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Muslim Women Fight Domestic Abuse in Calgary

CALGARY, Alberta – Breaking taboos and misconceptions about their culture, the Muslim community in Calgary hosted a special gathering on Saturday to mark The International Day of Domestic Violence Against Women.

“There is a lot of fear within the Muslim community, which is acting as a barrier from them to come out and meet with other people as well,” Jawaria Shoaib, a member of the Islamic Circle of North America Sisters, told CBC on Sunday.

“But … we are taking our own baby steps and just to support them to come up and speak up,” she said.

Hosted by ICNA Sisters, Saturday’s event brought together groups of women from the Muslim community as well as agencies like the Young Women’s Christian Association (YWCA) to talk about domestic abuse in Calgary.

With all the negative propaganda surrounding Islam and violence against women, the event opened discussions about the sensitive topic.

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“If you really want to help women who are suffering violence, please do not link this with their religion, because religion is important to them,” Shoaib said.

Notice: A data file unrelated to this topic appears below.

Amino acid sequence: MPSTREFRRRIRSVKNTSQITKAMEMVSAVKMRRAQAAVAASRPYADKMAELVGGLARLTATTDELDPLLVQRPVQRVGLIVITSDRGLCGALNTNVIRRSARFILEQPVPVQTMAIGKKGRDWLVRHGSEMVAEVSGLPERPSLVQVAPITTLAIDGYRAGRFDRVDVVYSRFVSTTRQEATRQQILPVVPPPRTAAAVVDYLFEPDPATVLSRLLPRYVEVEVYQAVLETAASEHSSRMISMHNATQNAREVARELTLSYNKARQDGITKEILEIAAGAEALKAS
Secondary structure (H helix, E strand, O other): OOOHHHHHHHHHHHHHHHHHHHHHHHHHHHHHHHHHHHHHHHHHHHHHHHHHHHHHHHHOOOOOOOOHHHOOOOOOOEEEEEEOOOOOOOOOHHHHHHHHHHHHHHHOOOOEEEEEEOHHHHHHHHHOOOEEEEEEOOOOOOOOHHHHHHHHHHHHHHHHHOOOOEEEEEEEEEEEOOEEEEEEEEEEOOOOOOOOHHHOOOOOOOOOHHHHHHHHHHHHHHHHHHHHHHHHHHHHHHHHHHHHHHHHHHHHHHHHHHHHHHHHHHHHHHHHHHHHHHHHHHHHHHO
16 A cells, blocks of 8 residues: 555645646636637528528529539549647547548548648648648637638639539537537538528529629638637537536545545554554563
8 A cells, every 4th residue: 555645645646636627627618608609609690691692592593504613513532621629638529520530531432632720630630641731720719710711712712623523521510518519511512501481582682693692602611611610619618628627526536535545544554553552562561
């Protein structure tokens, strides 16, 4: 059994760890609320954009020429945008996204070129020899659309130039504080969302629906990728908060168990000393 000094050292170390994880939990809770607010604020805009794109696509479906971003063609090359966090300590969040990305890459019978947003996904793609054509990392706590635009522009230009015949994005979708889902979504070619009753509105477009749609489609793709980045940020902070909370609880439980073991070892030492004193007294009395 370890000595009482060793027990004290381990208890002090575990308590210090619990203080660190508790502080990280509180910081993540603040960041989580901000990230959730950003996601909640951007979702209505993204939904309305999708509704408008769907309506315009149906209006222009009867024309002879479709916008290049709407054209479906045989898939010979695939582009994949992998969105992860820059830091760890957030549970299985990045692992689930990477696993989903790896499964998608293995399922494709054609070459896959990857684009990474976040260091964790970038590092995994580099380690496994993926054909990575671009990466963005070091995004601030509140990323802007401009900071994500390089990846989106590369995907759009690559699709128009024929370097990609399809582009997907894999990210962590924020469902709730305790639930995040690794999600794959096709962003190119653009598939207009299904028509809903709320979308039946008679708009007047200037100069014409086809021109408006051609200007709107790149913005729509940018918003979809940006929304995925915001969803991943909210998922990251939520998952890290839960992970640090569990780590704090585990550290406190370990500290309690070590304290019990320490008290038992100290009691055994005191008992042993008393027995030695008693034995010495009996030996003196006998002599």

Attending the event, the Calgary YWCA’s Patricia Irvine said her organization helped 1,100 women and more than 600 children last year.

Irvine warned that the city suffered a dire need for shelters, adding that domestic violence is an issue that can touch anyone.

“Women need to use this day to really understand and believe that domestic violence doesn’t discriminate, it goes all across the board, different cultures, and different homes,” she said.

The International Day for the Elimination of Violence against Women has been held for 36 years.

Muslim scholars confirm that any form of domestic violence contradicts Islamic teachings.

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